“As far as our berries, the most affected would be the blackberries and the blueberries, but it’s hard to tell because the muscadines wouldn’t come up until the fall. The peas and corn were affected, too,” she said.

She says these drought conditions are the worst she’s seen since she started farming seven years ago.

“Back in the '80s, my husband says when he was farming then it was this dry, but I think this is probably the worst I’ve seen. You can’t predict what the weather’s going to do. Tomorrow we might have a hurricane, but you plant and you pray.”

Arkansans raising livestock haven’t fared any better.

Katie Short of Farm Girl Natural Foods also says this drought is the worst she’s seen in her years of farming.

“I’ve never seen conditions this dry,” she said. “I would add that I’ve only been farming for 8 1/2 years; before that I was a city person, so I don’t have a long personal history with inclement weather. But in the time that I’ve been doing this, it’s the worst I’ve ever seen. And I have neighbors who have been at this a lot longer say it’s as bad as it’s been since the Great Depression.”

Short raises pigs, cattle and chickens, and the drought has meant more supplementing with grain and tough choices when it comes to the cattle.

“Spring rains usually give us enough grass; it’s called stockpiling, and it piles up in pasture enough to get through hot dry months. But we did not get that spring rain, so we did not get the spring grass. So that’s been the number one concern — is there enough forage to feed our animals, primarily the cows? We supplement the chickens and pigs with grains, and they’re eating more grain than they would otherwise. With the cattle, we’ve had to make some hard decisions, and we’ve started to cull the herd to preserve grass we have.”

While the effect of the drought on fruits and vegetables is immediate, Short says, it’s more far-reaching for livestock farmers.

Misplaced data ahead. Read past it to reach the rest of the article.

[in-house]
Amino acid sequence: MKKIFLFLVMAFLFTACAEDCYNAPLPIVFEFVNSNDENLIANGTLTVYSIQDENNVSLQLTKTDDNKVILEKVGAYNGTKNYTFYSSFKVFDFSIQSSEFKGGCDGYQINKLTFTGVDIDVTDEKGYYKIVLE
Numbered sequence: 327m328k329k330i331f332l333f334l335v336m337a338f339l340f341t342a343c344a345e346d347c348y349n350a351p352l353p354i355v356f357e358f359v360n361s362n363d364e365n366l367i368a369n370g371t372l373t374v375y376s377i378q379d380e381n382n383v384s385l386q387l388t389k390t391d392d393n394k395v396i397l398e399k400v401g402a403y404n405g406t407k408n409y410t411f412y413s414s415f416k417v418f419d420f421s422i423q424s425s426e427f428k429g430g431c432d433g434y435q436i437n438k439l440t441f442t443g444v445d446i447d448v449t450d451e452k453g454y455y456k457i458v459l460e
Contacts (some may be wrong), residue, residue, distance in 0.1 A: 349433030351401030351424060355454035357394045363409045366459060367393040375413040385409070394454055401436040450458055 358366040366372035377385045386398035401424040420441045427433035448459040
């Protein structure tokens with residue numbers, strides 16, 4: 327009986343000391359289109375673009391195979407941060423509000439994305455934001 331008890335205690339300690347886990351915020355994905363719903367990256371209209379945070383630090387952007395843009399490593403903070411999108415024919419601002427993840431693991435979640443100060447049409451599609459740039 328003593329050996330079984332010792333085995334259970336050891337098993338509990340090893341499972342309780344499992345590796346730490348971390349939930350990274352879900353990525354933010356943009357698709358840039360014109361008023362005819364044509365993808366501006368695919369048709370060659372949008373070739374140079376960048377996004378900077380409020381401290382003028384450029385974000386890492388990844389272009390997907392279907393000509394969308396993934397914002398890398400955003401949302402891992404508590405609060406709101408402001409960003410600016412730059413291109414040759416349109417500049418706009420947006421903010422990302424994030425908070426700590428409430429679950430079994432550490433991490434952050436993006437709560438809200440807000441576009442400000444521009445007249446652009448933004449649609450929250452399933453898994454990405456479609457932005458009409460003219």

“Meats we’re bringing to market now were harvested in spring. Animals in the field now will be harvested in the fall and, in the case of cattle, next year. So the effect on those products being available, that’s the kind of time scale that we’re looking at. But in terms of shedding cows, reducing the herd size means two years from now we’re going to have less beef for sale. The time frame of things is different,” she said.

She’s worried about her costs rising in the future, too.

“Think of the range in this drought; much of the grain fed to chickens and pigs is grown in the grain belt in the Midwest, and they’ve been impacted. I’ve seen some forecast of grain prices, and that’s terrifying. It affects the decisions we make in the long-term of our operation in terms of animals we can support sustainably.”

She’s trying not to let the drought wear away her optimism, and says the support of residents goes a long way.

“It’s very stressful and hard not to take those stresses personally. So much of my passion in life is wrapped up in this. It’s not just a day job for me. It is my day job, but not just that. It’s not an hourly wage; it’s my life’s calling. When it’s not going well, it hurts. The more people can do to support their local farmers – patronizing markets, buying what we do have – can really be encouraging in the greater scope of things.”